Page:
An exploration into the client at the heart of therapy

a qualitative perspective

Brian Rodgers

    Research output: Contribution to journalArticle

    7 Citations (Scopus)
    137 Downloads (Pure)

    Abstract

    Over 50 years ago Eysenck challenged the existing base of research into psychotherapy. Since that time, a large number of investigations have been conducted to verify the efficacy of therapy. Recently however, an increasing number of studies have cast new doubts on this research base. Instead of therapy being a function of the therapist, it is now becoming ever more apparent that the client plays a prime role in the therapeutic process. The qualitative studies presented in this paper provide some examples of research that demonstrates that clients are actively involved in their therapy, even making counselling work despite their counsellor. These studies suggest that clients may not experience therapy as beneficially as traditional outcome studies indicate. This raises a new challenge to researchers to more fully explore the client's experience of therapy, a challenge to which qualitative methods of inquiry would appear well suited.
    Original languageEnglish
    Pages (from-to)19-30
    Number of pages12
    JournalPerson-Centered and Experiential Psychotherapies
    Volume2
    Issue number1
    Publication statusPublished - 2003

    Fingerprint

    Therapeutics
    Research
    Psychotherapy
    Counseling
    Research Personnel
    Outcome Assessment (Health Care)
    Counselors

    Keywords

    • psychotherapy process
    • outcome research
    • qualitative methods
    • client experiences
    • research review

    Cite this

    @article{23fd1f56118c4bf39dcd1fe128c82091,
    title = "An exploration into the client at the heart of therapy: a qualitative perspective",
    abstract = "Over 50 years ago Eysenck challenged the existing base of research into psychotherapy. Since that time, a large number of investigations have been conducted to verify the efficacy of therapy. Recently however, an increasing number of studies have cast new doubts on this research base. Instead of therapy being a function of the therapist, it is now becoming ever more apparent that the client plays a prime role in the therapeutic process. The qualitative studies presented in this paper provide some examples of research that demonstrates that clients are actively involved in their therapy, even making counselling work despite their counsellor. These studies suggest that clients may not experience therapy as beneficially as traditional outcome studies indicate. This raises a new challenge to researchers to more fully explore the client's experience of therapy, a challenge to which qualitative methods of inquiry would appear well suited.",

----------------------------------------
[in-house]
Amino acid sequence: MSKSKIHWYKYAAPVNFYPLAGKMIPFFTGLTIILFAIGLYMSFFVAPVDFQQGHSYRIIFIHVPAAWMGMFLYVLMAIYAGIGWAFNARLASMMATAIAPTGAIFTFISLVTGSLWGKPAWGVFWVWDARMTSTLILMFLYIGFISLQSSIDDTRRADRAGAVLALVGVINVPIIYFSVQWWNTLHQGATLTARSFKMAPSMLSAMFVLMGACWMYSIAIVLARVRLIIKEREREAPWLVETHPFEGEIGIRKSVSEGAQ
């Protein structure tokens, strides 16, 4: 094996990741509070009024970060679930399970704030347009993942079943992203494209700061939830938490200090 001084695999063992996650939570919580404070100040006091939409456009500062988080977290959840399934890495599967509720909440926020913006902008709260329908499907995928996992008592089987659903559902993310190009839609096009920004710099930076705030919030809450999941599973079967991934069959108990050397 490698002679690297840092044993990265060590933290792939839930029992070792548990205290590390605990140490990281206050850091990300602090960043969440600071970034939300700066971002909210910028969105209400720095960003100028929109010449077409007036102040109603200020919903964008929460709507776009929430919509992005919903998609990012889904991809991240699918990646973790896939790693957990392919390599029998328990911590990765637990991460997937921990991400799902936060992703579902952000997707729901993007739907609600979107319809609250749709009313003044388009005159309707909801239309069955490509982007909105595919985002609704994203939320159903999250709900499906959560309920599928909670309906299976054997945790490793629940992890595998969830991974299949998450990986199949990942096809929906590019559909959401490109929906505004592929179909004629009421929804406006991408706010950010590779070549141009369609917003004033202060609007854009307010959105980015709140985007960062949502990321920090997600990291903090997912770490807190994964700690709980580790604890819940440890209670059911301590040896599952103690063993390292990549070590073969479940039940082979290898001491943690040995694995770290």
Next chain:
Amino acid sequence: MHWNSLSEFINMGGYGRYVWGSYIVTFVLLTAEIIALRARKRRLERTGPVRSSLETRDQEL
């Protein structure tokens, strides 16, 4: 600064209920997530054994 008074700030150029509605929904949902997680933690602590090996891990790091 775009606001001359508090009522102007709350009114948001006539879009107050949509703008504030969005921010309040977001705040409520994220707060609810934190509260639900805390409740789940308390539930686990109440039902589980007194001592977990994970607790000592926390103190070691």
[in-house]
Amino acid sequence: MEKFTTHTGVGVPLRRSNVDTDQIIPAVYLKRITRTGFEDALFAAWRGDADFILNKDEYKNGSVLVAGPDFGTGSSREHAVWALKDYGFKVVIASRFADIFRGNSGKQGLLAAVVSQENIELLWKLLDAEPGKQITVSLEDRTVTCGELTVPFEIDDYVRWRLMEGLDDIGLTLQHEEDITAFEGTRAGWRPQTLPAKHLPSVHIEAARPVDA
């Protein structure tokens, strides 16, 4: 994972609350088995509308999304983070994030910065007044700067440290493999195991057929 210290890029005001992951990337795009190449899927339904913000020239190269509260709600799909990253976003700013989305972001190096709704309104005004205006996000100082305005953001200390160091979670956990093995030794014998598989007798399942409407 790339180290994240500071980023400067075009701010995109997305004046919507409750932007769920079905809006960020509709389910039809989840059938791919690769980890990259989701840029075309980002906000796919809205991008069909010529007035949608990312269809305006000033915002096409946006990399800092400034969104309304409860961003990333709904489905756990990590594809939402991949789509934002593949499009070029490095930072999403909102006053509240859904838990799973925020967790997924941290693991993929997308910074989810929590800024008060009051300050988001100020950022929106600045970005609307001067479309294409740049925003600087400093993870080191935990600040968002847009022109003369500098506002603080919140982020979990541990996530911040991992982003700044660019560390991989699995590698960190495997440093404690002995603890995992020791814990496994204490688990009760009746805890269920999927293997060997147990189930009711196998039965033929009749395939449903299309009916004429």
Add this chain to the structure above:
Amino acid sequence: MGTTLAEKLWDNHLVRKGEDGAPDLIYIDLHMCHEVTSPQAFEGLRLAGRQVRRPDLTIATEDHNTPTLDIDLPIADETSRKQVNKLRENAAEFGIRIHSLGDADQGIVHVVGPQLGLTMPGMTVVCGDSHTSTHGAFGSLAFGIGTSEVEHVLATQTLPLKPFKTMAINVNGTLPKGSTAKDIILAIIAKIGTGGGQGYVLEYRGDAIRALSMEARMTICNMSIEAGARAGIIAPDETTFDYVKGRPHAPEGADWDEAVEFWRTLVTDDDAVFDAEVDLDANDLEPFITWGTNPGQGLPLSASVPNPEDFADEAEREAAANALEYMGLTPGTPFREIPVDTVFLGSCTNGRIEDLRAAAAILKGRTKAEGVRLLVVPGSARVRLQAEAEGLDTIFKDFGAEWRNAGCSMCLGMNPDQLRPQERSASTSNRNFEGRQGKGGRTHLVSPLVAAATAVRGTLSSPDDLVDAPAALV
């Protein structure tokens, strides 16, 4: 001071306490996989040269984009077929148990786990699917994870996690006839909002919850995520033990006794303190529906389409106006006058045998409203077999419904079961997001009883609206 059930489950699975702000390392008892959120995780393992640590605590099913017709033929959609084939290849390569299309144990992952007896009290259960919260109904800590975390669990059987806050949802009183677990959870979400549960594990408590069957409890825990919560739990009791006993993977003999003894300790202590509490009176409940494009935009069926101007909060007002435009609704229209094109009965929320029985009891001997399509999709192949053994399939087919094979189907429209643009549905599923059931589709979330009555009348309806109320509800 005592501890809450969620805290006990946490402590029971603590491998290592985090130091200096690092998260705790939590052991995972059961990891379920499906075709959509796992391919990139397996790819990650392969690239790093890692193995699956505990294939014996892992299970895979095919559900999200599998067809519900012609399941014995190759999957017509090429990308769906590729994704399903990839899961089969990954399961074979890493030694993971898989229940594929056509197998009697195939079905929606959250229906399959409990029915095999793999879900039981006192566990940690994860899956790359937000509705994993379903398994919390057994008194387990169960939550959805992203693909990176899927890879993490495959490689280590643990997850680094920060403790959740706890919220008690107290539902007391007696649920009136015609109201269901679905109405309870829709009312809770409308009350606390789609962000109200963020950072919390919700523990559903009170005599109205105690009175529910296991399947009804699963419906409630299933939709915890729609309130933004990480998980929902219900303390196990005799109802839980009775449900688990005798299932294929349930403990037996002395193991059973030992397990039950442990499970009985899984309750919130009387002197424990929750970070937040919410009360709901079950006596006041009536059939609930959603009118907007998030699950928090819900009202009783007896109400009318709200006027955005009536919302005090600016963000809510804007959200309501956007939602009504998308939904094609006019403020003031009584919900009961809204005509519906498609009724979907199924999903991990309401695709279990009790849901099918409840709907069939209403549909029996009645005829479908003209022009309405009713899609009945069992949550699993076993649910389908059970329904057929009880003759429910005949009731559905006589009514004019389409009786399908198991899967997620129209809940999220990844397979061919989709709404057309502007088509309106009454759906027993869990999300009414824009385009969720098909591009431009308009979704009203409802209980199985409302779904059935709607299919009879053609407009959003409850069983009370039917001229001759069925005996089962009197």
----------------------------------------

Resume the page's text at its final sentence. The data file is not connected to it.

keywords = "psychotherapy process, outcome research, qualitative methods, client experiences, research review",
    author = "Brian Rodgers",
    year = "2003",
    language = "English",
    volume = "2",
    pages = "19--30",
    journal = "Person-Centered and Experiential Psychotherapies",
    issn = "1477-9757",
    number = "1",

    }

    An exploration into the client at the heart of therapy : a qualitative perspective. / Rodgers, Brian.

    In: Person-Centered and Experiential Psychotherapies, Vol. 2, No. 1, 2003, p. 19-30.

    Research output: Contribution to journalArticle

    TY - JOUR

    T1 - An exploration into the client at the heart of therapy

    T2 - a qualitative perspective

    AU - Rodgers, Brian

    PY - 2003

    Y1 - 2003

    N2 - Over 50 years ago Eysenck challenged the existing base of research into psychotherapy. Since that time, a large number of investigations have been conducted to verify the efficacy of therapy. Recently however, an increasing number of studies have cast new doubts on this research base. Instead of therapy being a function of the therapist, it is now becoming ever more apparent that the client plays a prime role in the therapeutic process. The qualitative studies presented in this paper provide some examples of research that demonstrates that clients are actively involved in their therapy, even making counselling work despite their counsellor. These studies suggest that clients may not experience therapy as beneficially as traditional outcome studies indicate. This raises a new challenge to researchers to more fully explore the client's experience of therapy, a challenge to which qualitative methods of inquiry would appear well suited.

    AB - Over 50 years ago Eysenck challenged the existing base of research into psychotherapy. Since that time, a large number of investigations have been conducted to verify the efficacy of therapy. Recently however, an increasing number of studies have cast new doubts on this research base. Instead of therapy being a function of the therapist, it is now becoming ever more apparent that the client plays a prime role in the therapeutic process. The qualitative studies presented in this paper provide some examples of research that demonstrates that clients are actively involved in their therapy, even making counselling work despite their counsellor. These studies suggest that clients may not experience therapy as beneficially as traditional outcome studies indicate. This raises a new challenge to researchers to more fully explore the client's experience of therapy, a challenge to which qualitative methods of inquiry would appear well suited.

    KW - psychotherapy process

    KW - outcome research

    KW - qualitative methods

    KW - client experiences

    KW - research review

    UR - http://www.brianrodgers.co.uk/research

    M3 - Article

    VL - 2

    SP - 19

    EP - 30

    JO - Person-Centered and Experiential Psychotherapies

    JF - Person-Centered and Experiential Psychotherapies

    SN - 1477-9757

    IS - 1

    ER -